Efforts to protect wildlife and landscapes have generally been shifting away from “fortress conservation” — where local people are excluded from the lands they’ve traditionally managed — toward more inclusive approaches. Among these latter approaches are community conservancies, which have been expanding around the world, but have especially gained traction in East Africa.
According to John Kamanga, the founder and director of the South Rift Association of Land Owners (SORALO), community-based conservation initiatives in East Africa got a boost in the mid-1990s when Kenya Wildlife Service launched its “Parks beyond Parks” program, which allowed locals to start directly benefitting from wildlife tourism, and international donors started channeling more funds toward communities.
Kamanga said these developments “really started the conversation around community conservation” before “the formal legal legislation came to support the movement.”
Those legal frameworks would culminate in the Wildlife Act of 2016, which “legally recognizes community conservancies and the community conservation movement” in Kenya, according to Kamanga, who has been recognized for his efforts with accolades like the Tusk Award for Conservation in Africa.
Over that 25-year timeframe, Kamanga said that local peoples’ interest in conservation has grown, while the international community has become more cognizant of the role communities play in protecting and managing wildlife and natural lands.
Still, the resources allocated to community conservation have not reached a level commensurate with their impact, said the conservation leader.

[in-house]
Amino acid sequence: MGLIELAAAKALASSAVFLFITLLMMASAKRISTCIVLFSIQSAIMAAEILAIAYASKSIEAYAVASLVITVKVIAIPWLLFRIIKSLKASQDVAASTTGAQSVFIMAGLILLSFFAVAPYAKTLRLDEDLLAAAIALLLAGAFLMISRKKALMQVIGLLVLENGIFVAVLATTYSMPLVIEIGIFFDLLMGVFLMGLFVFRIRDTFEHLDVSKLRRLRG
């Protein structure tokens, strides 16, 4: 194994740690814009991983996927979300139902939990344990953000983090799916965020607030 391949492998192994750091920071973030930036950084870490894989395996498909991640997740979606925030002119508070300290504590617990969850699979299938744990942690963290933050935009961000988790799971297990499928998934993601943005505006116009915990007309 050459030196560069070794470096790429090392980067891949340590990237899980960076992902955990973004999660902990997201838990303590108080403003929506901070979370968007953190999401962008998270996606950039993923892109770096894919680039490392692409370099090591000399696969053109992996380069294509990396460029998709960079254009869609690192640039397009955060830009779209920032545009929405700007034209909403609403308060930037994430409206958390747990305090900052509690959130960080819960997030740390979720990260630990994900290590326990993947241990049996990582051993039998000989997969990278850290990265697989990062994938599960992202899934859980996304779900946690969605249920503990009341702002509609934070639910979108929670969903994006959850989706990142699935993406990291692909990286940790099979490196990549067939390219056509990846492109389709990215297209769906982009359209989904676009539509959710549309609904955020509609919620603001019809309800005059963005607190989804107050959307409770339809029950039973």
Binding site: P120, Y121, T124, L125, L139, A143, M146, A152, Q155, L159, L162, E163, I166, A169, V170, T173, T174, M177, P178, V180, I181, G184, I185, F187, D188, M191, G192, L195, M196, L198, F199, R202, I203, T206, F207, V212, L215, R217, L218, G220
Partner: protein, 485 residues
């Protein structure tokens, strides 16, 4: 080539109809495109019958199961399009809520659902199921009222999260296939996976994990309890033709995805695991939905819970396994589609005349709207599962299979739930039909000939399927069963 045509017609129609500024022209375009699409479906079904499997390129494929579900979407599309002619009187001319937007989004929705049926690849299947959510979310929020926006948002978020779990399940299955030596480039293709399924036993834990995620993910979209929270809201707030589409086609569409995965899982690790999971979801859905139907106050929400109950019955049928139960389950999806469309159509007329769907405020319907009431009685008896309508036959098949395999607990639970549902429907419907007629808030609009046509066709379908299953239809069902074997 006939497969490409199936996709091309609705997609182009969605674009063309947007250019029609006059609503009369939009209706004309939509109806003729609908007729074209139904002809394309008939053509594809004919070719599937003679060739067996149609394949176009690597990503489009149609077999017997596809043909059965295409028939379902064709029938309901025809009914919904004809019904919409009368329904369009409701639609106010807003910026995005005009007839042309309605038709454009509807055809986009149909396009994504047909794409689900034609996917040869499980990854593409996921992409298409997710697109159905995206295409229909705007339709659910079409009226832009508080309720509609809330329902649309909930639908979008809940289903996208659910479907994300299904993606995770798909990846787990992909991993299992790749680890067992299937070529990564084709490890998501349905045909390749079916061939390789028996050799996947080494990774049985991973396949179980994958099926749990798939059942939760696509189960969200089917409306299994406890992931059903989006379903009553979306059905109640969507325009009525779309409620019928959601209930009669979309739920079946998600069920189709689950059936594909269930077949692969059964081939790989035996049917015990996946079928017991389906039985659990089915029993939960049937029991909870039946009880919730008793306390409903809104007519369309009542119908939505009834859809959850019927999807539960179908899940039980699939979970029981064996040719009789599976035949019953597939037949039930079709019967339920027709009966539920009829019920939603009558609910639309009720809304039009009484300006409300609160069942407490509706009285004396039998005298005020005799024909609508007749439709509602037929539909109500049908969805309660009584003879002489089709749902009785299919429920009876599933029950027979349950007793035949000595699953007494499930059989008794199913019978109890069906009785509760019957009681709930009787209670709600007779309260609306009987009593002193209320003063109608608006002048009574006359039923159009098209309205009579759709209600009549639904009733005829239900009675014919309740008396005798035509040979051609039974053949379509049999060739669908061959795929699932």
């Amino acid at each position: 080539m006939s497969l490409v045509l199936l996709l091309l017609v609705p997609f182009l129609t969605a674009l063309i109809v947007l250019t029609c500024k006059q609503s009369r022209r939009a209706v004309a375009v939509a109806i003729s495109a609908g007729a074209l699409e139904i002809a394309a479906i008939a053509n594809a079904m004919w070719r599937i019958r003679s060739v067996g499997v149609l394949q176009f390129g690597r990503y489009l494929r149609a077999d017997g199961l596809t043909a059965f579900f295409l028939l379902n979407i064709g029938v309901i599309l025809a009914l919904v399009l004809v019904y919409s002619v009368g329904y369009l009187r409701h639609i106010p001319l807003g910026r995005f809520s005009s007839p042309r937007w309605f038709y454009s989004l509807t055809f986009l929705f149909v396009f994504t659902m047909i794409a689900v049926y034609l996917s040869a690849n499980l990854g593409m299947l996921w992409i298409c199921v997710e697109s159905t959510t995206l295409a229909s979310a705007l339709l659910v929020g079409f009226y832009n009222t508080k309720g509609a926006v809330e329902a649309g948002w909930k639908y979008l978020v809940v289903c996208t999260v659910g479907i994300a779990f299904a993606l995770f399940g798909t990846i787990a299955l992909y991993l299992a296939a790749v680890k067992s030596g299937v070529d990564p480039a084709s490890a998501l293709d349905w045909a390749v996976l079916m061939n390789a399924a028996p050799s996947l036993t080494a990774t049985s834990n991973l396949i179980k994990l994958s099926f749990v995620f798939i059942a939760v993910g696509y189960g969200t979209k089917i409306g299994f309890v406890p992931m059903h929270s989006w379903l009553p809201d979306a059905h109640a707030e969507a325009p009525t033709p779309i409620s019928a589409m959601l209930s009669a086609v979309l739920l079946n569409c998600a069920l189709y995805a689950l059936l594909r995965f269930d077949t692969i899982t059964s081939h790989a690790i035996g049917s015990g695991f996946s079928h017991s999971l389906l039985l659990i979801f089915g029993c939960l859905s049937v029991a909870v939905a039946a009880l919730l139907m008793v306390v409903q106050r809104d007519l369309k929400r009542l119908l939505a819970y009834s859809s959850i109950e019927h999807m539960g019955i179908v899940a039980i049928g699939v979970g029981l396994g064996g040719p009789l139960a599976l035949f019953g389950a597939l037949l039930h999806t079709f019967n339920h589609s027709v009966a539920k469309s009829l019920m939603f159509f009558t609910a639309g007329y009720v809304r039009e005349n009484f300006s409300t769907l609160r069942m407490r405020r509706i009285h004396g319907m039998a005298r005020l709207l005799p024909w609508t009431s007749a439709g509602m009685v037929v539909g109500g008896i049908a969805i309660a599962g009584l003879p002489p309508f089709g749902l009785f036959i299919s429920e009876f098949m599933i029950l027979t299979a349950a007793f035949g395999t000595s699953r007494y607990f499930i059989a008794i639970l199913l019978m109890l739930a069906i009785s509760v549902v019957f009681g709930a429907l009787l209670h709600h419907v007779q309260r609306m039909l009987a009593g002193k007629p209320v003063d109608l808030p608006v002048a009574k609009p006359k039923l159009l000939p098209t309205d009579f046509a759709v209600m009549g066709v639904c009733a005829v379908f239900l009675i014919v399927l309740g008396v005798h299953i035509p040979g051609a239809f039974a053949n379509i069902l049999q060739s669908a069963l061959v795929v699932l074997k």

“I see a lot of imbalances in investment in conservation,” he told Mongabay. “So much investment goes into formally protected areas, like national parks and reserves but there is limited support for communities who perhaps live further from these places. Sometime people who seasonally need to move an area close to a formally protected area may then suffer from conflict with wildlife but receive no support or benefits from that wildlife.”
“Most of Kenya’s wildlife lives outside of formally protected areas, on these community lands and yet there is little or no investment in these areas in comparison,” Kamanga said. “Historically we have also seen imbalances when investors and tour operators operate businesses on community land and the community receives relatively little benefit.”
SORALO, which Kamanga founded in 2004 to represent several Maasai communities living across a vast area of wildlife-rich lands, is working to change that.
“We are trying to change that relationship to be more of a partnership between the community and investors,” said Kamanga.
Kamanga says that conservation is a core part of the traditions and culture of many communities, including the Maasai. That gives them a vested interest in conservation and makes them natural partners in conservation efforts.
“Conservation has been part of the lifestyle of our communities for a long, long time,” he said. “It was essential for survival to have a healthy and stable environment. We live off the land and so you really needed to protect it. Therefore, conservation is a central concept to our communities and they know how to use their environment in a sustainable manner. There are again rules and governance structures which have guided this, and allowed that over time they have protected their land and the resources on it.”
“The argument is therefore that we should build conservation today from what these traditional systems were and support these going forward into the future,” he continued. “Conservation should not be seen as something new and scientific, but seen as what communities have always done.”
Kamanga discussed these issues and more during a September 2021 conversation with Mongabay.